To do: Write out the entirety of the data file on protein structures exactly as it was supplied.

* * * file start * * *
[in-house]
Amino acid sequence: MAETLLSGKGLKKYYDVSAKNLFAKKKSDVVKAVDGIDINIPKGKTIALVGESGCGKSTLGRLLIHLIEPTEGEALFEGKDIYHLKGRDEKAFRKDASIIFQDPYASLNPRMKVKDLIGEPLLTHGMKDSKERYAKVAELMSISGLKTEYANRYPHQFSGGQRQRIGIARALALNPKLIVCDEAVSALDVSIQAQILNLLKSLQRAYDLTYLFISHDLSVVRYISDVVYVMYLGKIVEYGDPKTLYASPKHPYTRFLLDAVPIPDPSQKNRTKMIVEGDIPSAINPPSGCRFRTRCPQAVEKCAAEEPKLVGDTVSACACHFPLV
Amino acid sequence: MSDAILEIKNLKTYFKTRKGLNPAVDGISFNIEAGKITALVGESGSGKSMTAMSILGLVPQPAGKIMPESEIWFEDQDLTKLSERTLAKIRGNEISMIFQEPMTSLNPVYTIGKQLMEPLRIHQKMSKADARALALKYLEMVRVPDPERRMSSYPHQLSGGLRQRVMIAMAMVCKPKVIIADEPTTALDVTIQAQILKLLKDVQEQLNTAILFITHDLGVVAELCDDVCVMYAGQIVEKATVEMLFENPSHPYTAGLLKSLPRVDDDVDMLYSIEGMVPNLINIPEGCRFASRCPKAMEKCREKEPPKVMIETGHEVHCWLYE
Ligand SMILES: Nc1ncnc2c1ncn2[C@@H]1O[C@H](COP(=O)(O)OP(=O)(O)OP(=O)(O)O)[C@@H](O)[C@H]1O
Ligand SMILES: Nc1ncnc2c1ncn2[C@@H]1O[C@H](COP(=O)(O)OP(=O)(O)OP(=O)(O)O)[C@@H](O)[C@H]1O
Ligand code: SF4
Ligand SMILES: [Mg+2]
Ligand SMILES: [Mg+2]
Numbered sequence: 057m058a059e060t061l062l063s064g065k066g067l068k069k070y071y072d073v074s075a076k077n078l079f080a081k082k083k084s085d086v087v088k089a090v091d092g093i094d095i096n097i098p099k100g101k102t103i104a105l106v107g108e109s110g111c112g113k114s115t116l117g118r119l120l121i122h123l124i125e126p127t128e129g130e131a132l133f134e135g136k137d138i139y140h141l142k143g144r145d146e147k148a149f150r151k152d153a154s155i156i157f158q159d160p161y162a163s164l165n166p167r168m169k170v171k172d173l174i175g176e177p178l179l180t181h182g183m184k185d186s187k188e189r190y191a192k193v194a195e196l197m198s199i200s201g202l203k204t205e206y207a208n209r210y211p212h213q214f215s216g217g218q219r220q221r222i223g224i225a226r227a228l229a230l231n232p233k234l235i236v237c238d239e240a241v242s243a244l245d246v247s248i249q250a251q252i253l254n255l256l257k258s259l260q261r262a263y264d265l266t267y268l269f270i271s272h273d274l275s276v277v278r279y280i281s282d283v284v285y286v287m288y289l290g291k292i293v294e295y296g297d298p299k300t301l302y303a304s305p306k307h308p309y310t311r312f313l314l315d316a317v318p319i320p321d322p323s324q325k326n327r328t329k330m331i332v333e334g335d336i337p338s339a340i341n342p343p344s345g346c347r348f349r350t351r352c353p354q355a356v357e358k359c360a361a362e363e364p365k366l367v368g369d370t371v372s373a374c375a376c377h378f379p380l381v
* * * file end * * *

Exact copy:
[in-house]
Amino acid sequence: MAETLLSGKGLKKYYDVSAKNLFAKKKSDVVKAVDGIDINIPKGKTIALVGESGCGKSTLGRLLIHLIEPTEGEALFEGKDIYHLKGRDEKAFRKDASIIFQDPYASLNPRMKVKDLIGEPLLTHGMKDSKERYAKVAELMSISGLKTEYANRYPHQFSGGQRQRIGIARALALNPKLIVCDEAVSALDVSIQAQILNLLKSLQRAYDLTYLFISHDLSVVRYISDVVYVMYLGKIVEYGDPKTLYASPKHPYTRFLLDAVPIPDPSQKNRTKMIVEGDIPSAINPPSGCRFRTRCPQAVEKCAAEEPKLVGDTVSACACHFPLV
Amino acid sequence: MSDAILEIKNLKTYFKTRKGLNPAVDGISFNIEAGKITALVGESGSGKSMTAMSILGLVPQPAGKIMPESEIWFEDQDLTKLSERTLAKIRGNEISMIFQEPMTSLNPVYTIGKQLMEPLRIHQKMSKADARALALKYLEMVRVPDPERRMSSYPHQLSGGLRQRVMIAMAMVCKPKVIIADEPTTALDVTIQAQILKLLKDVQEQLNTAILFITHDLGVVAELCDDVCVMYAGQIVEKATVEMLFENPSHPYTAGLLKSLPRVDDDVDMLYSIEGMVPNLINIPEGCRFASRCPKAMEKCREKEPPKVMIETGHEVHCWLYE
Ligand SMILES: Nc1ncnc2c1ncn2[C@@H]1O[C@H](COP(=O)(O)OP(=O)(O)OP(=O)(O)O)[C@@H](O)[C@H]1O
Ligand SMILES: Nc1ncnc2c1ncn2[C@@H]1O[C@H](COP(=O)(O)OP(=O)(O)OP(=O)(O)O)[C@@H](O)[C@H]1O
Ligand code: SF4
Ligand SMILES: [Mg+2]
Ligand SMILES: [Mg+2]
Numbered sequence: 057m058a059e060t061l062l063s064g065k066g067l068k069k070y071y072d073v074s075a076k077n078l079f080a081k082k083k084s085d086v087v088k089a090v091d092g093i094d095i096n097i098p099k100g101k102t103i104a105l106v107g108e109s110g111c112g113k114s115t116l117g118r119l120l121i122h123l124i125e126p127t128e129g130e131a132l133f134e135g136k137d138i139y140h141l142k143g144r145d146e147k148a149f150r151k152d153a154s155i156i157f158q159d160p161y162a163s164l165n166p167r168m169k170v171k172d173l174i175g176e177p178l179l180t181h182g183m184k185d186s187k188e189r190y191a192k193v194a195e196l197m198s199i200s201g202l203k204t205e206y207a208n209r210y211p212h213q214f215s216g217g218q219r220q221r222i223g224i225a226r227a228l229a230l231n232p233k234l235i236v237c238d239e240a241v242s243a244l245d246v247s248i249q250a251q252i253l254n255l256l257k258s259l260q261r262a263y264d265l266t267y268l269f270i271s272h273d274l275s276v277v278r279y280i281s282d283v284v285y286v287m288y289l290g291k292i293v294e295y296g297d298p299k300t301l302y303a304s305p306k307h308p309y310t311r312f313l314l315d316a317v318p319i320p321d322p323s324q325k326n327r328t329k330m331i332v333e334g335d336i337p338s339a340i341n342p343p344s345g346c347r348f349r350t351r352c353p354q355a356v357e358k359c360a361a362e363e364p365k366l367v368g369d370t371v372s373a374c375a376c377h378f379p380l381v